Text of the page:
Enterprises the modern-day cattle government is slaughtering

And this is the core problem:  in the mind-set of collectivist planners it is not a problem to resurrect the economy. For them the economy is a product of their command. It can be picked up from the floor, just as the rand when the latter falls as Nomvula Mokonyane had boasted when serving in cabinet. Or in Nongquase’s vision: the grain pits will be filled by the ancestors.

If central command would say “back to work”, the economy would rise again magically from nowhere in a radically transformed mode, just like Nongquase had promised the ancestors would rise again, bringing beautiful and healthy cattle in abundance with them. The minister of trade & industry, Ebrahim Patel, refers to the projections of economists that millions would be joining the ranks of the unemployed and that thousands of enterprises would die, as mere thumb-sucking.

There is apparently little understanding among Cyril Matemela Ramaphosa and his comrades in central command and cabinet that the economy doesn’t work like that at all. They do not appreciate that the enterprise world is a spontaneous order that emerges from the billions of uncoordinated decisions by both consumers of goods and services and the responses of entrepreneurs to those billions of actions. Government has put a halt to this chain of uncoordinated events that produce intricate networks of connectivity in and across value chains, sectors and regions. The government – not the virus – is causing an unparalleled disruption of demand and supply and halting trade that is the oxygen of businesses. This will result in the demise of thousands of enterprises and capital destruction.  

The resurrected economy of Matemela’s vision will also know no class differences: everyone one will have access to the grain pits filled with whatever goodies they could imaginably want: even land and houses and any property, even patents and copyright, can be obtained without compensation.

The radical economic transformation (RET) concept is on the roll again. On several occasions since the start of lockdown, Ramaphosa has embraced RET. Key players in central command think it includes, Stalin like, the demise of the kulak class.  That is also not new. Nongquase envisaged that the British rule at the Cape would end and the white people (a foreign class) would be driven into the sea.

Collective consensus on NDZ’s Class Suicide…

But it would be wrong to assume that it is only the vision of some in central command. The class suicide concept of Amilcar Cabral propagated by Nkosasana Dlamini-Zuma, is considered by Paul Hoffman of Accountability Now as bordering on sedition.

Ramaphosa has not distanced himself from that statement. In fact, he has never distanced himself from the economic perspectives of Jacob Zuma who had claimed that market demand doesn’t determine the price of an item and that the only factor that determines value is the labour effort in the production thereof. After Hoffman excoriated radical economic transformation and called for NDZ’s head, Ramaphosa responded by giving his full support to radical economic transformation, without, of course, providing any detail and by supporting Dlamini-Zuma in her approach. He claims that there is collective consensus despite Tito Mboweni’s dissent. NDZ’s approach is Marxist and negates key economic concepts and realities regarding how innovation, financing and entrepreneurship drives growth and development.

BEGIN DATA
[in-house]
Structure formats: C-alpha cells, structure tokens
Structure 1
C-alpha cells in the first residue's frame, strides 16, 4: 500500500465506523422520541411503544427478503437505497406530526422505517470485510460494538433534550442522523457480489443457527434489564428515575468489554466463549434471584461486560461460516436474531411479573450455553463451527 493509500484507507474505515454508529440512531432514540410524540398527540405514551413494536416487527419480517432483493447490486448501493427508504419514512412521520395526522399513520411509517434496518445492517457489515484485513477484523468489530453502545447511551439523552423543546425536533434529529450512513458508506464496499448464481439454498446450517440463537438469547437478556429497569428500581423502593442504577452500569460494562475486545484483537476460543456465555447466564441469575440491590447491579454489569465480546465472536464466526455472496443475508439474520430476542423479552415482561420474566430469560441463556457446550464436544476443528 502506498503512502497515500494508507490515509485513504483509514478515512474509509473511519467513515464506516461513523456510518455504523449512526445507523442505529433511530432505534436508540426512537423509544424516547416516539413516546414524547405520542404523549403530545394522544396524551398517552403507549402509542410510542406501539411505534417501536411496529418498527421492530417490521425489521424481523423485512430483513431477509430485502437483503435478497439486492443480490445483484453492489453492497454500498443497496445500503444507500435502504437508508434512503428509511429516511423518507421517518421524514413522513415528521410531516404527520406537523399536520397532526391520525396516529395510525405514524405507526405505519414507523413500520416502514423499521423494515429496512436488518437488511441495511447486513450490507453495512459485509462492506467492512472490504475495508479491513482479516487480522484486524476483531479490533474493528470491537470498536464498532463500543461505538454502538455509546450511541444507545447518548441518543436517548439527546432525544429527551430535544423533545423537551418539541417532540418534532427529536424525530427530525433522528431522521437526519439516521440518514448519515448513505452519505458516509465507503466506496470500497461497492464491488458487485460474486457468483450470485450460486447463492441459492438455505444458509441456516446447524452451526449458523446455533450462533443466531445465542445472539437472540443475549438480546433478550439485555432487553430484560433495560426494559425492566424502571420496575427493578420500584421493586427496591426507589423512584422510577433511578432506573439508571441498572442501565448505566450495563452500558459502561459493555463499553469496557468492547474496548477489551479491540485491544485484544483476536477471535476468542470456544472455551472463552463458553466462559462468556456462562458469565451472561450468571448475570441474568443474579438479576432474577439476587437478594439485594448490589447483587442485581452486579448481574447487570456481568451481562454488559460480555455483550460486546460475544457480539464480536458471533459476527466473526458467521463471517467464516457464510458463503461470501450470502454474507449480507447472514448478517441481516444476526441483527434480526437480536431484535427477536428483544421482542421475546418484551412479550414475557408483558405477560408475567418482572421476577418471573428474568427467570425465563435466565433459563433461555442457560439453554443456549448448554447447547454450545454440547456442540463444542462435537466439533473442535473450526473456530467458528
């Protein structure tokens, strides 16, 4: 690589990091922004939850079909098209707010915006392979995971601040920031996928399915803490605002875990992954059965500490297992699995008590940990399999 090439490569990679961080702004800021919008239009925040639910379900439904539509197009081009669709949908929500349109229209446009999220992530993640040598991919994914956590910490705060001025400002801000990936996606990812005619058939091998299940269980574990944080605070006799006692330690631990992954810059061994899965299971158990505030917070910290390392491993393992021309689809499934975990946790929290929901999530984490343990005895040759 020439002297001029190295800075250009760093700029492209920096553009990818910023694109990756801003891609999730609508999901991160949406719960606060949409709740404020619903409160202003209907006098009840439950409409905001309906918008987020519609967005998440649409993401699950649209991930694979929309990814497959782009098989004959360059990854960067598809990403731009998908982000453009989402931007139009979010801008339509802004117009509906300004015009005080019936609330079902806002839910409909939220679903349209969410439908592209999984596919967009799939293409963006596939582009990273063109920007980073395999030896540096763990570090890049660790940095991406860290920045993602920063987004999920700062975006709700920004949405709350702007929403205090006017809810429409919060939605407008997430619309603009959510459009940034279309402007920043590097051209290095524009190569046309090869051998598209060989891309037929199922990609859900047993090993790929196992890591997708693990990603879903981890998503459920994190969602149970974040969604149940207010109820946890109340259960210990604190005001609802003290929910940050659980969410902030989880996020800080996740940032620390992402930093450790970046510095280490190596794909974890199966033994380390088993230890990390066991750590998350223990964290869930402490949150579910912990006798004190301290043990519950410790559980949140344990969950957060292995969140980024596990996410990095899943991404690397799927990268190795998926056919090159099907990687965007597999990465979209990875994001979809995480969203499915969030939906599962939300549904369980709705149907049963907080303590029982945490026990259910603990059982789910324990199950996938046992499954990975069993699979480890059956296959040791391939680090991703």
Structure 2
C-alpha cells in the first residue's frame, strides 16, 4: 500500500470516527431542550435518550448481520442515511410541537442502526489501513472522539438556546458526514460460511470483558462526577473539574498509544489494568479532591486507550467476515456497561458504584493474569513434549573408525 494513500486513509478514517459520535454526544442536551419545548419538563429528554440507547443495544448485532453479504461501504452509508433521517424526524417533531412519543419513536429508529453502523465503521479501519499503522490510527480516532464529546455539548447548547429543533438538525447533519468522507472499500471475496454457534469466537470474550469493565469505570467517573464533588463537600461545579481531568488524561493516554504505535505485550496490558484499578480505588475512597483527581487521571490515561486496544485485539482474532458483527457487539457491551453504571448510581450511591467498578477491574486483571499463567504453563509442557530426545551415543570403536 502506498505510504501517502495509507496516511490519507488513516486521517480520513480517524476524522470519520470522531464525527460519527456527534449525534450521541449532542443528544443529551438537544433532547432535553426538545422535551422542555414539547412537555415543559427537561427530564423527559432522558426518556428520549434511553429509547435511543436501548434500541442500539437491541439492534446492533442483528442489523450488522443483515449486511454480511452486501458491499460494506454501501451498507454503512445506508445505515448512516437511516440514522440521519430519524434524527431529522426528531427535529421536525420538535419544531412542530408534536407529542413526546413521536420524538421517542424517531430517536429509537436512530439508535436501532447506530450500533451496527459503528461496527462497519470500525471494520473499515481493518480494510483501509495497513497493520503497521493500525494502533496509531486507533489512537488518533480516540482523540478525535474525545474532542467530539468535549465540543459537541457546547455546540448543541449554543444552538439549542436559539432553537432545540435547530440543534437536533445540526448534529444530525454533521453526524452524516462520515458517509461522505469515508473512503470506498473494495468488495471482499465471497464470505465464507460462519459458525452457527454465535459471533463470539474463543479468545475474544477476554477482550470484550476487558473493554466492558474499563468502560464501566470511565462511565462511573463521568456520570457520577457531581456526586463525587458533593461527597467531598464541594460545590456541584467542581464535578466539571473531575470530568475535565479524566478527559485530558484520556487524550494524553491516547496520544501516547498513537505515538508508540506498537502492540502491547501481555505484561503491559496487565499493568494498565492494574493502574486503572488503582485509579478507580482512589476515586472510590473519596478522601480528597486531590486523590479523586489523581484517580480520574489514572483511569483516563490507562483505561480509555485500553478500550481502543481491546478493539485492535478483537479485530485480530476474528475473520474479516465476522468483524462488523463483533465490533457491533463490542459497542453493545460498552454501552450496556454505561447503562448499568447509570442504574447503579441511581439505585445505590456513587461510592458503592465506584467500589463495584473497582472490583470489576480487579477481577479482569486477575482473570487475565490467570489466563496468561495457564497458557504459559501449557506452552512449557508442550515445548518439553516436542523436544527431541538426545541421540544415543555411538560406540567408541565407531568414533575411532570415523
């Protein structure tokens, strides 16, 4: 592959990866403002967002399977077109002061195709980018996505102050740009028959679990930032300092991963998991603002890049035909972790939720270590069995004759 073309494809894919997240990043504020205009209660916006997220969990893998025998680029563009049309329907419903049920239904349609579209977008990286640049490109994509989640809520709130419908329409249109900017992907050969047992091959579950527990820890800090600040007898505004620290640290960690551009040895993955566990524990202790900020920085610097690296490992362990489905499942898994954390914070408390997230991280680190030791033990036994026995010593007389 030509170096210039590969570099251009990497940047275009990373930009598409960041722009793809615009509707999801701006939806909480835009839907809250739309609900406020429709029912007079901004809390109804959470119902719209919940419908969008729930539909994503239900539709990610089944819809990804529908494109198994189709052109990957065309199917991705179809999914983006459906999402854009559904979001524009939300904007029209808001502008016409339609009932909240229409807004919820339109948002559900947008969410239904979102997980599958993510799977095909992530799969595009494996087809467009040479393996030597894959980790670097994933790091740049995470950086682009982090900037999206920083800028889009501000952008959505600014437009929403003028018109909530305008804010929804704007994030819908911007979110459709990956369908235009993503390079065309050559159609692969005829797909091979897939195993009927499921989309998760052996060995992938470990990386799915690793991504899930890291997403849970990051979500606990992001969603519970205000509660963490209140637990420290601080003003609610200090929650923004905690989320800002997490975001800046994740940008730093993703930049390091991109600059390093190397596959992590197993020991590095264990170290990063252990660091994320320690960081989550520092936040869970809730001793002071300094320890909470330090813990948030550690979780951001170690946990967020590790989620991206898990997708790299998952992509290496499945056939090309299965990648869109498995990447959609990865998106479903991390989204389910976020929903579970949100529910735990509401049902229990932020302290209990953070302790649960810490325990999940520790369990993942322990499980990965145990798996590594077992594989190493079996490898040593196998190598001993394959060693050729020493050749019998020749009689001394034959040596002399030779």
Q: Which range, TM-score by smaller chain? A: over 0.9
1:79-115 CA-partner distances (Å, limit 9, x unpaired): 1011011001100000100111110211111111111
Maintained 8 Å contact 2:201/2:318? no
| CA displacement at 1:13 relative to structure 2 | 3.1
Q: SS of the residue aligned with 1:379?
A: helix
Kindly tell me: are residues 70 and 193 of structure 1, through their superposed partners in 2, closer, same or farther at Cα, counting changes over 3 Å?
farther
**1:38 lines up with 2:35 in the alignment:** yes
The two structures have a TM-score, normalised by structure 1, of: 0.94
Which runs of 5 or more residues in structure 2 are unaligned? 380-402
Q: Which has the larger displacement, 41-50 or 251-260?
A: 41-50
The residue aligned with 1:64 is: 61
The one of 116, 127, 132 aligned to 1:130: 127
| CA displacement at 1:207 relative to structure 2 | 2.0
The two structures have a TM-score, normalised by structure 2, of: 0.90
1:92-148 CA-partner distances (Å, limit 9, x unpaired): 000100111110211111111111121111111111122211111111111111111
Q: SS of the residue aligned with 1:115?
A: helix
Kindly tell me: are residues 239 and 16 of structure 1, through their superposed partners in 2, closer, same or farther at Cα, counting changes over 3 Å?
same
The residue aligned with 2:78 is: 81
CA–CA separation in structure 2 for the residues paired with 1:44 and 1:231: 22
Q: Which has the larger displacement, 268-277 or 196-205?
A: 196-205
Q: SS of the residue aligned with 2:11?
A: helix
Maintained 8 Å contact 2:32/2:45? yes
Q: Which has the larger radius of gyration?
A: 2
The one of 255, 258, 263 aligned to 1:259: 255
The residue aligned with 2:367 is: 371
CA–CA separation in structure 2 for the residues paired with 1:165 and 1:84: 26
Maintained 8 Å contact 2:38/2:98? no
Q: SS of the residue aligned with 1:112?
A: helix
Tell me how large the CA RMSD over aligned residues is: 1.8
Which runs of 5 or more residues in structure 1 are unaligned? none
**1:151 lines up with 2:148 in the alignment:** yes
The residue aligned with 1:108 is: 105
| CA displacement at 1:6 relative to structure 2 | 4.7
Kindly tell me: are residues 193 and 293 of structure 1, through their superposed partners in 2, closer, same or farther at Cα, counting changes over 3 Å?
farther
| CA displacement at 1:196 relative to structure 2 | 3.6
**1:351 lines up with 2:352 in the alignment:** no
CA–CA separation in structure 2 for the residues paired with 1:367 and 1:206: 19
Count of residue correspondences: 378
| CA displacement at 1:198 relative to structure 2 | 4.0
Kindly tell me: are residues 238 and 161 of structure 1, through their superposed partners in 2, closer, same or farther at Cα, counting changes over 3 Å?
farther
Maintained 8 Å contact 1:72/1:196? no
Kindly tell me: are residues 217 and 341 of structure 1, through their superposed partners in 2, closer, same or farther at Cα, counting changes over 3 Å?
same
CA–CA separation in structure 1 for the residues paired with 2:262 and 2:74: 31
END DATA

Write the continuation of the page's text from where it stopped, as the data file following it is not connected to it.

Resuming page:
For a person so intimately involved in both the process of as the contents of the South African Constitution, Ramaphosa should know that allegiance to the National Democratic Revolution is incompatible with the oath he and his Cabinet ministers took on assuming their duties.

Mr. President, it’s not Covid 19 that hurts the economy. It’s your decisions

Ramaphosa pleaded in his latest weekly newsletter for understanding, claiming that central command is learning all the time and basing its decisions on scientific evidence:

The reality is that we are sailing in uncharted waters. There is still a great deal about the epidemiology of the virus that is unknown. It is better to err on the side of caution than to pay the devastating price of a lapse in judgment in future.

On 5 May in Durban the president blamed Covid 19 for dealing the economy “a heavy blow.

Both these statements are neither true, nor balanced.  It is government’s response to the Covid 19 infections and not the virus that is devastating the economy. There have been, from the start, alternative approaches to a full lock-down. These didn’t fit the command approach of government to the economy and a flexible lockdown with district wide differentiation based on tracking, confining and treating was not considered. The government’s approach is akin to attempting heart surgery with a chain saw.

In addition: to argue now that the government decided in the unchartered waters to err on the side of caution, is simply disingenuous. This government has lauded itself time and again for following the best scientific advice and scientifically-based modelling. The question is whether they have ever modelled the risk of what a collapsing economy and severe trampling of freedom would do to the dignity, livelihood and well-being of the population?  Or would the damage that is already all around one to see be described again as “unintended consequences” that would, true to form, “shock” and “surprise” the president?

To refer to untested waters:  that may be true concerning the virus, but killing the economy is not untested. The history of the Xhosa cattle killing based on Nongquase’s vision and the response of the leadership to that vision, is chilling evidence of irresponsible leadership.

Gqoba recalled in his memory of the cattle killing and resulting famine the following: